By Greg Murray
August 17, 2012
(This is the first of a series of columns on the Assessor’s Office.)
The City of Detroit is at it again. One step forward, two steps back.
Everyone knows the City of Detroit needs every penny it can get. What some do not know is that there are divisions within Detroit’s departments that are charged with generating revenue. One would think that those departments and divisions would be given priority when it comes to providing them resources need to keep the money flowing. But one would be mistaken.
The city of Detroit’s Assessors office is out of paper. Completely out of paper. They need paper to make the city’s cheddar, so to speak. The division cannot function without paper. You might think it is a small thing, but what business can function without paper?
This office within the City of Detroit’s Finance department is tasked with generating and defending millions of dollars in property tax assessments. Yet, the workers in this office cannot get printer paper for its office because the vendor has not been paid and will not allow new orders. That stops the business of the office dead in in its tracks. A scramble is on right now to get some paper into the office at some point next week. Re-read that last sentence.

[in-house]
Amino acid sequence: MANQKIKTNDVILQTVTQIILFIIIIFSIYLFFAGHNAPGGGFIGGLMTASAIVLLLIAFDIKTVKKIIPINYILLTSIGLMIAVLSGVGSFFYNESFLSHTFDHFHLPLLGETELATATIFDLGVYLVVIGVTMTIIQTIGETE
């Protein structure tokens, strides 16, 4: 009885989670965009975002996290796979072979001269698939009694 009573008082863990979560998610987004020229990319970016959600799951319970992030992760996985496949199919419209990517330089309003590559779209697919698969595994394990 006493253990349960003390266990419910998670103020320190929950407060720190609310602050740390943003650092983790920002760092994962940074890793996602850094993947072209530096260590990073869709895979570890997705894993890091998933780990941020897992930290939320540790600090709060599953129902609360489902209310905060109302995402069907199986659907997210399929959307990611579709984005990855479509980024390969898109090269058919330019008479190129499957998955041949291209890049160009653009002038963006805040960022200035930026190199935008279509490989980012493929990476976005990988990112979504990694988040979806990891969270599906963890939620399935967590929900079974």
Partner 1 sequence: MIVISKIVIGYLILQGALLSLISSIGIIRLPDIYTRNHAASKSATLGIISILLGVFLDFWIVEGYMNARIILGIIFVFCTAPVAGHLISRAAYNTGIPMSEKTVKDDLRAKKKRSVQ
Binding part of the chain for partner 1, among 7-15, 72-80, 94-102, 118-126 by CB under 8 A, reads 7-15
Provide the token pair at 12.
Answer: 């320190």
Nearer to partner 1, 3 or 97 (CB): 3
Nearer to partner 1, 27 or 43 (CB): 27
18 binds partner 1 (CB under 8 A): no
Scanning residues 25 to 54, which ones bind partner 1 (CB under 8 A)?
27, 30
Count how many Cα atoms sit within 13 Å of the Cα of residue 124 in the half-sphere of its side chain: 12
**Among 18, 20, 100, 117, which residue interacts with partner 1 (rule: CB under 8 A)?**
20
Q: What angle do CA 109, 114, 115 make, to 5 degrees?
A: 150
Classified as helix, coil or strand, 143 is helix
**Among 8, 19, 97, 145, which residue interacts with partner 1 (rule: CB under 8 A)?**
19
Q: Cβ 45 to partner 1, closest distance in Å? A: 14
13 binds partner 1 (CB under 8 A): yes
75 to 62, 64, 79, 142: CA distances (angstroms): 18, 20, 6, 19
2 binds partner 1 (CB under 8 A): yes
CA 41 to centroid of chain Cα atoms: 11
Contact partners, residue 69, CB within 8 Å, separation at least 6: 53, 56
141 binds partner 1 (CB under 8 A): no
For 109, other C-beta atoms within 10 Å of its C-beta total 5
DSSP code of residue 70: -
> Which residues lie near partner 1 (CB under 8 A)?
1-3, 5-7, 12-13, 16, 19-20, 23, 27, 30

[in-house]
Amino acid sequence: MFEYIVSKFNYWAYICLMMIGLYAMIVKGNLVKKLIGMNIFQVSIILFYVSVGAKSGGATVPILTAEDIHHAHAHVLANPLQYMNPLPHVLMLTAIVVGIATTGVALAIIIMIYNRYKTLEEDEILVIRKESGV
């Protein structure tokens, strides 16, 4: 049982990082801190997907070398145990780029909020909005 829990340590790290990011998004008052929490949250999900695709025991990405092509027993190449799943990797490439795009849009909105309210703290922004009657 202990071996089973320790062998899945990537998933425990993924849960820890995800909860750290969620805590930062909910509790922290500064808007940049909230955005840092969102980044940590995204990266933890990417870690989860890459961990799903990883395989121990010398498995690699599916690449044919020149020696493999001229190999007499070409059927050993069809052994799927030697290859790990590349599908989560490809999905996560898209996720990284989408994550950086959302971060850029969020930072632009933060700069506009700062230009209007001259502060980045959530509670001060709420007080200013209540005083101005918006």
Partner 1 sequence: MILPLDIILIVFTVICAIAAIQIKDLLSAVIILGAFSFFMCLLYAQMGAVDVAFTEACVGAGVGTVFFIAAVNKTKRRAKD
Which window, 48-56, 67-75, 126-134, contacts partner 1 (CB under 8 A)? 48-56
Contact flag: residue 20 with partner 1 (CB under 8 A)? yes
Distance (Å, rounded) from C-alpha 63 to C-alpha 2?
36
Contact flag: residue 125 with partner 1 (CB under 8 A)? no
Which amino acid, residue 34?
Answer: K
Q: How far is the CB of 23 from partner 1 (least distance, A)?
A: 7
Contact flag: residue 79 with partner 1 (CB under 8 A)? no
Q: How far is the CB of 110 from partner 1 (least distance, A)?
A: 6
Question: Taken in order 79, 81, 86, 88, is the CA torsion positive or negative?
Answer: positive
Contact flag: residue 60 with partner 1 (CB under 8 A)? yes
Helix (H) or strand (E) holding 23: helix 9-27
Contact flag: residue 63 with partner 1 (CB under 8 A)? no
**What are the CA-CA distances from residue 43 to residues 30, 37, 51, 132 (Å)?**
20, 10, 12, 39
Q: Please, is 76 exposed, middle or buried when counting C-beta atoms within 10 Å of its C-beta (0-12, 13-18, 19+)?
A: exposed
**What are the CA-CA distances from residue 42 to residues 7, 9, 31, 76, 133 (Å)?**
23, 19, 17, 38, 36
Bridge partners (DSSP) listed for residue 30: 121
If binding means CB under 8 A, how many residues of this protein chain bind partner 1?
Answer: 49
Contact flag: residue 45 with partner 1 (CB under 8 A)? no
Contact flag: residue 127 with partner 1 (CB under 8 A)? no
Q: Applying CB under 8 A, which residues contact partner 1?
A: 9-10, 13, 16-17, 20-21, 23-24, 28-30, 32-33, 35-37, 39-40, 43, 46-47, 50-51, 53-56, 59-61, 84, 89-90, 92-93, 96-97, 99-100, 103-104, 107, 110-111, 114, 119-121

How does this happen when Bing’s administration just rammed two personal service contracts down City Council’s throat for the division’s two management-level assessors who retired after 20 years with the city on July 20, 2012? These two, who will now be paid a total of more than $250,000, ran the office that cannot now get a basic office resource such as paper. Who would not find this situation unconscionable and why should not those two persons be held accountable?
Starving a department of the resources necessary to conduct business is an age-old management strategy to negatively affect the performance of the department and thus justify contracting out the functions to other parties “to improve operational efficiency.” Where have we heard this before (Detroit’s Workforce Development Department, Department of Health and Wellness Promotion, and the Detroit Human Services Department)?
Sounds like a tactic right out of Bain Capital’s alleged playbook.
Bing’s administration has been in office long enough to ensure payment to vendors for services to key department and divisions. The assessor’s office is such a division. The assessor’s office determines the property tax for homes and businesses and answers taxpayer appeals of those assessments to the Michigan Tax Tribunal, which affects revenues the city should receive for property tax assessments. The revenue this department brings in helps prop up Detroit’s annual budget, and any slowdown in its operations can actually worsen the overall deficit.
In the corporate world, someone’s head would roll. Someone in management should be fired or, at the very least, disciplined. The two high level assessors who ran the office for years and who just retired just to get cushy personal service contracts in the same division should be held accountable for what appears to be a history of their department’s bill’s not being paid. Just where does the buck stop?